The Fuel Revolution:
Renewable Diesel vs. Biodiesel for Heavy-Duty Trucks
In the realm of sustainable energy, the race for cleaner and more efficient fuels is a top of mind priority for the majority of the industry. As heavy-duty trucks continue to dominate our highways and play a pivotal role in transporting goods across the country, the choice of fuel is paramount. The two most common fuels used throughout the PNW for greener transportation are: Renewable Diesel and Biodiesel. In this blog, we’ll take a deeper look into the power generation of these fuels, highlighting the key differences between them and citing relevant studies that illuminate their qualities.
Renewable Diesel: The New Age Wonder Fuel
Renewable Diesel, often referred to as “green diesel,” or R99 is a high-quality alternative fuel that shares many characteristics with traditional diesel. However, it is derived from renewable feedstocks, such as vegetable oils, animal fats, and waste greases, through a process called hydrotreating. This process not only produces a cleaner-burning fuel but also eliminates impurities and aromatics found in traditional diesel. The result is a fuel with significantly lower emissions and enhanced performance.
Perhaps the most significant advantage of renewable diesel is its environmental footprint. Studies, like the one conducted by the National Renewable Energy Laboratory (NREL), have shown that renewable diesel can reduce greenhouse gas emissions by up to 80% compared to standard diesel. This drastic reduction in emissions makes it a vital fuel in the efforts to combat climate change.
Better Fuel Economy:
Renewable diesel boasts a higher energy content than biodiesel, allowing vehicles to travel more miles per gallon. A study by the California Air Resources Board (CARB) demonstrated that renewable diesel can improve fuel efficiency by 5-7% compared to biodiesel. For the trucking industry, this translates to significant cost savings.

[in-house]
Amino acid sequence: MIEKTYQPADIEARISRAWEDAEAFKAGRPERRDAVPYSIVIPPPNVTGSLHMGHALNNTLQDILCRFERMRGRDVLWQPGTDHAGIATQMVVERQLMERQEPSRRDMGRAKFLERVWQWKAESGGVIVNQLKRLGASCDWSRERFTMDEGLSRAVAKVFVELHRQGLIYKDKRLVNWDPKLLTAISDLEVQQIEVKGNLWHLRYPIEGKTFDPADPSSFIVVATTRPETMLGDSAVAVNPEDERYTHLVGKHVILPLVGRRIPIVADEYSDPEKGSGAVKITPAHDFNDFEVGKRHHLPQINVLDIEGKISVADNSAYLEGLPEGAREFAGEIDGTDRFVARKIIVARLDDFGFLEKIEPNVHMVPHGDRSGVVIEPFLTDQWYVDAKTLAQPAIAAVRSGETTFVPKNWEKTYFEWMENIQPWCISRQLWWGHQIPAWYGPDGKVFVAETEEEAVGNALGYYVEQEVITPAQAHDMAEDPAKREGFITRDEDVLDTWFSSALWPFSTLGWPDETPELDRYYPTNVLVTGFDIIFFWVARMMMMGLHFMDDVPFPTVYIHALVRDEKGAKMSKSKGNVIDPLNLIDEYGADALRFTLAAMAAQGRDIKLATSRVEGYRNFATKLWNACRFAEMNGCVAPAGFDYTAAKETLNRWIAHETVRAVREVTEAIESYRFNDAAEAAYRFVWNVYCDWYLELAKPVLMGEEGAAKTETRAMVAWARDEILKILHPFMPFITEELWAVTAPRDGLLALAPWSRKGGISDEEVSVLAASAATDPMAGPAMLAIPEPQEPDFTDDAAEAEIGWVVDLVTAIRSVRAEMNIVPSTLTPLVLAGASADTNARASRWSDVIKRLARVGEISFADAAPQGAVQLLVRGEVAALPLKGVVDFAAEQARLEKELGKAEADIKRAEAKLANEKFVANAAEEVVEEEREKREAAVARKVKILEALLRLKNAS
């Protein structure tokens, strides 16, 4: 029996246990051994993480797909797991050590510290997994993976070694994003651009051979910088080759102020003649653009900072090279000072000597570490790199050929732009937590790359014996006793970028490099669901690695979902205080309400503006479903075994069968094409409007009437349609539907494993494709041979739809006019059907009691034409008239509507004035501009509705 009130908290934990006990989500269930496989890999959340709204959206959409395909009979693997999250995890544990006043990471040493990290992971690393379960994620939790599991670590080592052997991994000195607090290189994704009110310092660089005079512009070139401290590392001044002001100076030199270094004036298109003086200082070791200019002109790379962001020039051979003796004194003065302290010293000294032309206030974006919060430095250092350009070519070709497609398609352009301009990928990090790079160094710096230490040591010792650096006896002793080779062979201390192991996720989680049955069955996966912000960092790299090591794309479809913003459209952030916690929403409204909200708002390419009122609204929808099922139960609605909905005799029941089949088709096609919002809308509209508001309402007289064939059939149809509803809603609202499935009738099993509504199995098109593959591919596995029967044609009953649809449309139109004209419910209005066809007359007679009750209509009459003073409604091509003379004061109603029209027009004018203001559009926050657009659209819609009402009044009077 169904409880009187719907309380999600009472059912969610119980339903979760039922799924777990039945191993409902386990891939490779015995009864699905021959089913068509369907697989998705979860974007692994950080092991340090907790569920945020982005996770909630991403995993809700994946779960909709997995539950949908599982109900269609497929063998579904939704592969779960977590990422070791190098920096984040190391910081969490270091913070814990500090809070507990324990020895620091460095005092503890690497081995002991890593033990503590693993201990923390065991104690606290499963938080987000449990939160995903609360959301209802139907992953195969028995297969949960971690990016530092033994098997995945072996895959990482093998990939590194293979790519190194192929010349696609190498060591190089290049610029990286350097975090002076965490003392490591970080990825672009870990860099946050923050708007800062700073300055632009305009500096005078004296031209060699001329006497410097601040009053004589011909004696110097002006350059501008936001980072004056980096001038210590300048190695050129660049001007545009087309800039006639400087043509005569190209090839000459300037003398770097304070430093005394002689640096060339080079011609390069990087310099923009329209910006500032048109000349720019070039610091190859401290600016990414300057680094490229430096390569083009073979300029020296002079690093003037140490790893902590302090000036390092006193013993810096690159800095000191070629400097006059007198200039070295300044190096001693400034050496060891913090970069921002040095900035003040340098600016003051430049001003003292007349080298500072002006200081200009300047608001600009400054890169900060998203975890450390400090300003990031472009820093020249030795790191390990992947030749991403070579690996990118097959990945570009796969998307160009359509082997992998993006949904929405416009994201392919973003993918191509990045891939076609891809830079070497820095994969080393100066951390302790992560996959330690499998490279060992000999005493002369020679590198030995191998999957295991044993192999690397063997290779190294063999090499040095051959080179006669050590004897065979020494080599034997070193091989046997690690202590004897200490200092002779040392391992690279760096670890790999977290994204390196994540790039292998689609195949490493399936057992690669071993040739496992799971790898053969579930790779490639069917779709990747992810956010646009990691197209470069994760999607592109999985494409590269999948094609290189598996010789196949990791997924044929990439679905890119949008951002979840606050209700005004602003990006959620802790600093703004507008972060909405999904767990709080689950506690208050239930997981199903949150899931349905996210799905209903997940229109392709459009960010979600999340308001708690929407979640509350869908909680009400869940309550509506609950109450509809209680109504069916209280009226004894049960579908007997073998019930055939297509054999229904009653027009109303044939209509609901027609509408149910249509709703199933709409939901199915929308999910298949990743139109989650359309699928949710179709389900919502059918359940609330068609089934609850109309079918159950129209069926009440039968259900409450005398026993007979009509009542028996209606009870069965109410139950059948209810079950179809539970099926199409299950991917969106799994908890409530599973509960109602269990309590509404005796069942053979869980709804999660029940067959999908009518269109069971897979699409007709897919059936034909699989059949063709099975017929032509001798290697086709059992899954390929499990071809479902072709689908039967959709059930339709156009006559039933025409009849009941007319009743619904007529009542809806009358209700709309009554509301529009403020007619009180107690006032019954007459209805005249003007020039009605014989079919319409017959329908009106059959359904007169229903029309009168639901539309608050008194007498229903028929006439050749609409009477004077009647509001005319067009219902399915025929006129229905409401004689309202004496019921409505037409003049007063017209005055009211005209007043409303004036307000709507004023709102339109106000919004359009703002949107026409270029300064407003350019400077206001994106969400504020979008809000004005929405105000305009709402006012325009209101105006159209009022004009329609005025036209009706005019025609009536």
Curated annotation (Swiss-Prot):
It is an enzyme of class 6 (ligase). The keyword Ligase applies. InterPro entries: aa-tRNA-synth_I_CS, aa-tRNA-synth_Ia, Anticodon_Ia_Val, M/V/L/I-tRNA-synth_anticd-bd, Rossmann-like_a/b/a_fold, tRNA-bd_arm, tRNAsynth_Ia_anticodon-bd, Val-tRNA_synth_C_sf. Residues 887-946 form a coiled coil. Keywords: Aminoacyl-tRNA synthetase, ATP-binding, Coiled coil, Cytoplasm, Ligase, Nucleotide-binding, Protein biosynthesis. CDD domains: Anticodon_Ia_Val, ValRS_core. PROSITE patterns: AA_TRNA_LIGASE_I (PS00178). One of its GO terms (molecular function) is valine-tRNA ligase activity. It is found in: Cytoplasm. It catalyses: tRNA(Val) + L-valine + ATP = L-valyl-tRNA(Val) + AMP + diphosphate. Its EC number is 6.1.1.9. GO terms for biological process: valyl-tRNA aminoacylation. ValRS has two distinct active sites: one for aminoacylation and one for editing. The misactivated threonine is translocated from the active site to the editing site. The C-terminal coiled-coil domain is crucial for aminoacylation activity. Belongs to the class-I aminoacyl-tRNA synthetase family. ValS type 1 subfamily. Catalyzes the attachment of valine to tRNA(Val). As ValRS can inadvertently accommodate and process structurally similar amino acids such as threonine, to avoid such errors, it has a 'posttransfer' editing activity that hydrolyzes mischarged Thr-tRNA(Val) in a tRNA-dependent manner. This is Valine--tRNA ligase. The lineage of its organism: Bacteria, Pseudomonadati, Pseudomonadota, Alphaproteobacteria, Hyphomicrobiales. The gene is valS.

One of the standout features of renewable diesel is its compatibility with existing diesel engines and infrastructure. Heavy-duty trucks can make the switch to renewable diesel seamlessly, without requiring any engine modifications or special storage facilities.
Studies like the one from the University of California, Riverside, have indicated that renewable diesel can lead to reduced engine wear and lower maintenance costs. The fuel’s superior lubricity and cleaner combustion help extend the lifespan of engine components.
In 2015, NREL ran a study in partnership with the UPS and the Clean Cities Coilation to compare the fuel economy and overall impact of renewable diesel compared to petrelem diesel in 12 USP delivery vehicles operating out of Houston. The results of this study were that renewable diesel reduced carbon emissions by 4.2% comparatively to petroleum diesel. This finding is a result of the properties of renewable diesel given its higher mass-based heating value and lower carbon-hydrogen ratio.